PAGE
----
March 9, 2010 at 18:37 | Report abuse | Reply
  27. Alison

    Kechiro...allow me to sing the praises of Annie's Naturals "Lite Raspberry Vinaigrette"....it has 60mg of sodium per 2 Tbsp serving. Most mainstream dressings are at least 250mg. It reminds me of Kraft Catalina dressing.

    Forget about the low-sodium stuff. If you look around at the regular supermarket and places like Whole Foods, there's plenty of no-sodium choices. Canned corn, tomato sauce, pasta sauce, tortilla chips, pinto beans, black beans, etc. All these I buy on a regular basis.

    Swiss and Baby Swiss (milder) cheeses have much less sodium than Cheddar, Mozzerella, etc. (Baby Swiss makes a killer grilled-cheese sammich!)

    March 9, 2010 at 18:43 | Report abuse | Reply
  28. Marla Heller, MS, RD

    Low salt doesn't have to be expensive or boring. Choose more fresh, not processed foods. Compare the price of a pound of potatoes vs. A pound of potato chips. Don't want to cook daily? Cook larger quanties on weekends, and freeze for the week. Miss cheese? Don't. Choose Swiss, and find other low sodium versions at the deli counter. Miss salt taste?Add lemon or lemon- pepper seasoning. Or add sauce that you make with onions, garlic, and red wine. And you will find it easy to stay on track.

    Marla Heller, MS, RD
    Author of The DASH Diet Action Plan

    March 9, 2010 at 19:17 | Report abuse | Reply
  29. Jen

    I think many people forget that sodium is only one element to consider in your diet... there is a balance between sodium and potassium, for example. Most people simply don't get enough potassium to offset the intake of sodium – the ratio should be at LEAST two to one, potassium to sodium. And that's the more conservative approach. With many drugs and caffeine intake, we lose much of that potassium and need to not only replace it, but keep up with what the body needs to balance the sodium. Google search the ratio and what foods you can eat to help increase your potassium intake – kiwi fruit, bananas, strawberries...mostly the sweet fruits...plus so many more natural foods... Good luck!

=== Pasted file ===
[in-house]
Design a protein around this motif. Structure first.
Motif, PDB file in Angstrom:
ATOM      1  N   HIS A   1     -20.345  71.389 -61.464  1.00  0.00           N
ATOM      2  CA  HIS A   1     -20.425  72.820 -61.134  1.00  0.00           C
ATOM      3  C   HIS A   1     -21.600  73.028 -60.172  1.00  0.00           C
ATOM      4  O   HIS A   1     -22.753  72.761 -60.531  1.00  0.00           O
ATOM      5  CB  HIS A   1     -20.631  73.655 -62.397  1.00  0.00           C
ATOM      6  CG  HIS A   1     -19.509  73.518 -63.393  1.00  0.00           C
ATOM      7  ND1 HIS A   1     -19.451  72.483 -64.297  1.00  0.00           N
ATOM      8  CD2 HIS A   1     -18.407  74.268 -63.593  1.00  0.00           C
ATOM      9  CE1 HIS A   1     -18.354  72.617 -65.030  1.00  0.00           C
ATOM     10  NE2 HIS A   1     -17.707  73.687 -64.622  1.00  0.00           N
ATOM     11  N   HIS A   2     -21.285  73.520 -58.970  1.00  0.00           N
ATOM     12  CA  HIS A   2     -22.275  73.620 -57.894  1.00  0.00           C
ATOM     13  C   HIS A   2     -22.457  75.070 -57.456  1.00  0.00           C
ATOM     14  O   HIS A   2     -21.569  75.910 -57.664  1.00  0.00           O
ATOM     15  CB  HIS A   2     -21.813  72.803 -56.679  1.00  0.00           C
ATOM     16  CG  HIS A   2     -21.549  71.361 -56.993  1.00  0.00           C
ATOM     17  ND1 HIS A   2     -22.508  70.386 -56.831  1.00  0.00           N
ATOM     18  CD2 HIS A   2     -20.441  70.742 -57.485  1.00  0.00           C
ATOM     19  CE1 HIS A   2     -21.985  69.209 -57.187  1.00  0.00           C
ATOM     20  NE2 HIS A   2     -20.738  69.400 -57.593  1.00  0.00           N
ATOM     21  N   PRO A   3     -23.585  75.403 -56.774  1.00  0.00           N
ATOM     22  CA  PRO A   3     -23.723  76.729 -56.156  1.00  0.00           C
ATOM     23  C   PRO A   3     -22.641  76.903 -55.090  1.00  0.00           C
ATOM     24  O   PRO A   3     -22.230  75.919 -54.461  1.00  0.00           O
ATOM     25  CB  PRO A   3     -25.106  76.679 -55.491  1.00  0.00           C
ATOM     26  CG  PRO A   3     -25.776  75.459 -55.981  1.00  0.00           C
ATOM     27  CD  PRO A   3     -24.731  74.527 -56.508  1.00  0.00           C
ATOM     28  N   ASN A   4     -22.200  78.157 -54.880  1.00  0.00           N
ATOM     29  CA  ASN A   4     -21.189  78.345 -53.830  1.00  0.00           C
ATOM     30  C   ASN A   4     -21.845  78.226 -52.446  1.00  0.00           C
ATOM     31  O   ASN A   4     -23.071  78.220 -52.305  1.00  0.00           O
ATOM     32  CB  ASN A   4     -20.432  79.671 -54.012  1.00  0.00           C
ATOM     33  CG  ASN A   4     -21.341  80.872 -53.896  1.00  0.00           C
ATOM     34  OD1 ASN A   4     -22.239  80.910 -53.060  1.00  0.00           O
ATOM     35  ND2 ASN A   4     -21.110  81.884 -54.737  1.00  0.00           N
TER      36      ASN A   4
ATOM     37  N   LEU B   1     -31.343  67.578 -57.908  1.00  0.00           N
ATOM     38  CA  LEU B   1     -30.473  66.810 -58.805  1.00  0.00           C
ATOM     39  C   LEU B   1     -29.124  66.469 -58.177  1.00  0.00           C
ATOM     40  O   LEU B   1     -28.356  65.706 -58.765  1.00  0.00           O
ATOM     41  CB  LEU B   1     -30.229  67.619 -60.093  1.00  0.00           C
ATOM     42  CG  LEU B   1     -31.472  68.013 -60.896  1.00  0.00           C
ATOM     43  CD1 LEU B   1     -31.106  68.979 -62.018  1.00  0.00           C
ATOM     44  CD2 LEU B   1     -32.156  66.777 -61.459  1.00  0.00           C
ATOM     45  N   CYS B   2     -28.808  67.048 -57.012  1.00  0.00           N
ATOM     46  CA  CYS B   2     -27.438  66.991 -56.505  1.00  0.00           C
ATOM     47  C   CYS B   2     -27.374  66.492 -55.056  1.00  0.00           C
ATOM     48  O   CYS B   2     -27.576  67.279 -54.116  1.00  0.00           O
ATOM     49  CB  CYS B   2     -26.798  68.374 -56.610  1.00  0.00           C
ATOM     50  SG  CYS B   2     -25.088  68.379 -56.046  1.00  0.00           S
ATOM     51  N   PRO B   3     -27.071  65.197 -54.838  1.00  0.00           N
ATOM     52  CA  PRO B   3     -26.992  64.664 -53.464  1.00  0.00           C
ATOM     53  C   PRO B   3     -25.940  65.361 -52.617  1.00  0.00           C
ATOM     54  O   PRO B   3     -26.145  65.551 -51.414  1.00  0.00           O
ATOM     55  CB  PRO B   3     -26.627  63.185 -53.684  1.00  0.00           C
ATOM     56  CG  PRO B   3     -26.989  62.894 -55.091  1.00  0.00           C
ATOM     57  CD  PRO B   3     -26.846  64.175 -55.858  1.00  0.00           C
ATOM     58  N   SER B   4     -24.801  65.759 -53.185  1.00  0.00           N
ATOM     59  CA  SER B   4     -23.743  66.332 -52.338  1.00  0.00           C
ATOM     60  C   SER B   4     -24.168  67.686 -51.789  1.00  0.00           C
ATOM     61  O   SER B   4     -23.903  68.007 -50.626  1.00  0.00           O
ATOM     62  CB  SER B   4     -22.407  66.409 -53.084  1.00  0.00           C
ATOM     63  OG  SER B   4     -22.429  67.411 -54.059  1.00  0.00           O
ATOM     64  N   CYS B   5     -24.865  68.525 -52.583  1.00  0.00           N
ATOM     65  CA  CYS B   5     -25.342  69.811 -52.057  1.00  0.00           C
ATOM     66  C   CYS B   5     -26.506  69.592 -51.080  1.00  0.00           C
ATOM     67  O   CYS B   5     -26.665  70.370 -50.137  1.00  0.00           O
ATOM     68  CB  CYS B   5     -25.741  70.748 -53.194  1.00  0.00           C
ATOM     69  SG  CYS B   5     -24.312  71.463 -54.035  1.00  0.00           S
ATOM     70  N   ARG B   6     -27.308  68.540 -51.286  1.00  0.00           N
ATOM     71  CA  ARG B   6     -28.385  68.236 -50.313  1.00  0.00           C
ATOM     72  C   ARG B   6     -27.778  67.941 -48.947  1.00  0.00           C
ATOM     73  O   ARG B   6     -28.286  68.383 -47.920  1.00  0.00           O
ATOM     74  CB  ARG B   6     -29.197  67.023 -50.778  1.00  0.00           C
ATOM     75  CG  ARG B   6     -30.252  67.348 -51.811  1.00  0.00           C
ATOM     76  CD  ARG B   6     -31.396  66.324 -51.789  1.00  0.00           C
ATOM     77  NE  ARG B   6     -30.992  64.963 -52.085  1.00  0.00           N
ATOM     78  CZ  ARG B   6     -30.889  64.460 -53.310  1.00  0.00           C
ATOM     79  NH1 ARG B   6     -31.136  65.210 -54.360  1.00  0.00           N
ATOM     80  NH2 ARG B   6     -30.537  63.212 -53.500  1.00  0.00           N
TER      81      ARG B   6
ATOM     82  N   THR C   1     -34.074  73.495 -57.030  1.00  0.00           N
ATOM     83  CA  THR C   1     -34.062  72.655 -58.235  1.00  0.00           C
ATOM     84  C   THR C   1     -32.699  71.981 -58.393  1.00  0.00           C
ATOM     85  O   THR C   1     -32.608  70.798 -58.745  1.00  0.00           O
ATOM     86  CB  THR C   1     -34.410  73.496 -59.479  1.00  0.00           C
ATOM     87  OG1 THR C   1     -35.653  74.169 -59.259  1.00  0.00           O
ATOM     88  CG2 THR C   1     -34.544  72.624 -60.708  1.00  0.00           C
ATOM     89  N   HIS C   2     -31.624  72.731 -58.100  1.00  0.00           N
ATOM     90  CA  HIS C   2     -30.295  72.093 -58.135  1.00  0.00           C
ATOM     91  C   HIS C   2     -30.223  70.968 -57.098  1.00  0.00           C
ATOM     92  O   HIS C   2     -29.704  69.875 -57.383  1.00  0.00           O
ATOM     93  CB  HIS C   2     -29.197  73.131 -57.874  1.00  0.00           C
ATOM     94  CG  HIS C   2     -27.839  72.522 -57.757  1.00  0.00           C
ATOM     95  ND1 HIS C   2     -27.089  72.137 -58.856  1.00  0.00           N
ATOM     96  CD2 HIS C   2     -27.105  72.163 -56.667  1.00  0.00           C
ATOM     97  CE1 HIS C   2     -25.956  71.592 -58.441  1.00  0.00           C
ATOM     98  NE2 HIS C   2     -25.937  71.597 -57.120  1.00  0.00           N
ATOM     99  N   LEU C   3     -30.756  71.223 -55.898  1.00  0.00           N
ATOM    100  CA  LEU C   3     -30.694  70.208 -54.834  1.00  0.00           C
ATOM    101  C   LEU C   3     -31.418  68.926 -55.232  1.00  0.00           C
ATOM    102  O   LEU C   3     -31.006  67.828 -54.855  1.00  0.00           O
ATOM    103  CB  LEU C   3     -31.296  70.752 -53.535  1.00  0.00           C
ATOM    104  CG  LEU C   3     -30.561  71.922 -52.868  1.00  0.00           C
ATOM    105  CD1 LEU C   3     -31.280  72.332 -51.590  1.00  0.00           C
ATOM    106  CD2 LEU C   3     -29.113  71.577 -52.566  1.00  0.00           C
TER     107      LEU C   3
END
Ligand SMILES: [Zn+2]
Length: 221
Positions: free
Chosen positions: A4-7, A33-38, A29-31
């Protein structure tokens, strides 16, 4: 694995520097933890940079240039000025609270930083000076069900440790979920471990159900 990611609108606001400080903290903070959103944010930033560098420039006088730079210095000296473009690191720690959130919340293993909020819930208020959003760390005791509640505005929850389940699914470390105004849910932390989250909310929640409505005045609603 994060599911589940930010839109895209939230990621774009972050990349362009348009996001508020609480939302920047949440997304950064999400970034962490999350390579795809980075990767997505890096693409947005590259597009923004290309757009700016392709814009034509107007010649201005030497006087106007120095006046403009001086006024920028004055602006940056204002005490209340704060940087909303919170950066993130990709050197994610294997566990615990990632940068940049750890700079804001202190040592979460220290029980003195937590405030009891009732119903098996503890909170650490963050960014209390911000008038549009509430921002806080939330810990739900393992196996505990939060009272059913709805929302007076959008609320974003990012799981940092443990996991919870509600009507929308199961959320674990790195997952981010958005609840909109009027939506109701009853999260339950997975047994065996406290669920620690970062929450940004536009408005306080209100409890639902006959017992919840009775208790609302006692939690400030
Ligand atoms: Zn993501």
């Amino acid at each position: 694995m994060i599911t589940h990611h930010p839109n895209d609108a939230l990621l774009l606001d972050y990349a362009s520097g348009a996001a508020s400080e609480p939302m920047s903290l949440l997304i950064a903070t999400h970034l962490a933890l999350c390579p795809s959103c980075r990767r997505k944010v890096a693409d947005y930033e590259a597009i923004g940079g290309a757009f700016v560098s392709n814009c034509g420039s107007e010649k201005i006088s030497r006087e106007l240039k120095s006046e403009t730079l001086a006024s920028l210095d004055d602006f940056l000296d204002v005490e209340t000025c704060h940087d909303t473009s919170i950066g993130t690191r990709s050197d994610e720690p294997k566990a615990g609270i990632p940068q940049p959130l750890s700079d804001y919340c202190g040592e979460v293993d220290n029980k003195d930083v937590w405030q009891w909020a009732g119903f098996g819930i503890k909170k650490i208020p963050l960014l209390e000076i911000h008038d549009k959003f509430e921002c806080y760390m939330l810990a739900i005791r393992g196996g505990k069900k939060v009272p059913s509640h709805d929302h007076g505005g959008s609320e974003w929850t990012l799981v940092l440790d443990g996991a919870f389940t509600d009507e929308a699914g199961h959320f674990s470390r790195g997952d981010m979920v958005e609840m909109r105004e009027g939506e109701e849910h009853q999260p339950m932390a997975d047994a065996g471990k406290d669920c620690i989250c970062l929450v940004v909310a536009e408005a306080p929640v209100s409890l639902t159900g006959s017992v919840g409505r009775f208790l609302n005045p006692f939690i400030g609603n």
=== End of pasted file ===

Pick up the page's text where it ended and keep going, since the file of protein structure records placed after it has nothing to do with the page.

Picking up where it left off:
March 9, 2010 at 19:40 | Report abuse | Reply
  30. Thomas

    Robert MD if your going to Red Lobster for a healthy tasty seafood dinner you probably should look elsewhere

    March 9, 2010 at 19:50 | Report abuse | Reply
  31. Melissa

    You can try using lemon juice to get the flavor of salt!

    March 9, 2010 at 20:10 | Report abuse | Reply
  32. Marla Heller, MS, RD

    Note to Chris. Try reading The DASH Diet Action Plan. It is designed to be the user-friendly guide to the DASH diet. Most readers find it makes the DASH diet easy to follow. Check out the reader reviews on Amazon. I wrote the book because I found that other educational tools for the DASH diet left people with their eyes glazed over.

    Thanks,

    Marla Heller, MS, RD
    Author of The DASH Diet Action Plan

    March 9, 2010 at 22:14 | Report abuse | Reply
  33. NM

    After meal, eat one stalk of celery. It will reduce sodium in your system. In Asia, celery is consider a great medicine for high blood pressure problem.

    March 10, 2010 at 11:01 | Report abuse | Reply
  34. Michelle

    There are some interesting responses in here.

    First, not everyone needs to reduce the salt in their diet. I've been told to eat MORE salt, as my blood pressure is low, and the sodium level in my blood is borderline-low even when I'm eating extra salt. That being said, I'm an oddity, and I know it.

    If I were to guess, I'd say the biggest culprit in people consuming too much salt is pre-made, pre-packaged food. The over-processed junk eaten by most Americans is absolutely flavorless without a boatload of salt, so that's what the manufacturers add. Salt, salt, and more salt. And some MSG for good measure, in case the old-fashioned sodium chloride isn't enough.

    Want to cut salt? Cook your own food, and be aware of how much salt you add to it. Drink plenty of water to help your kidneys flush out the excess. It's really that simple.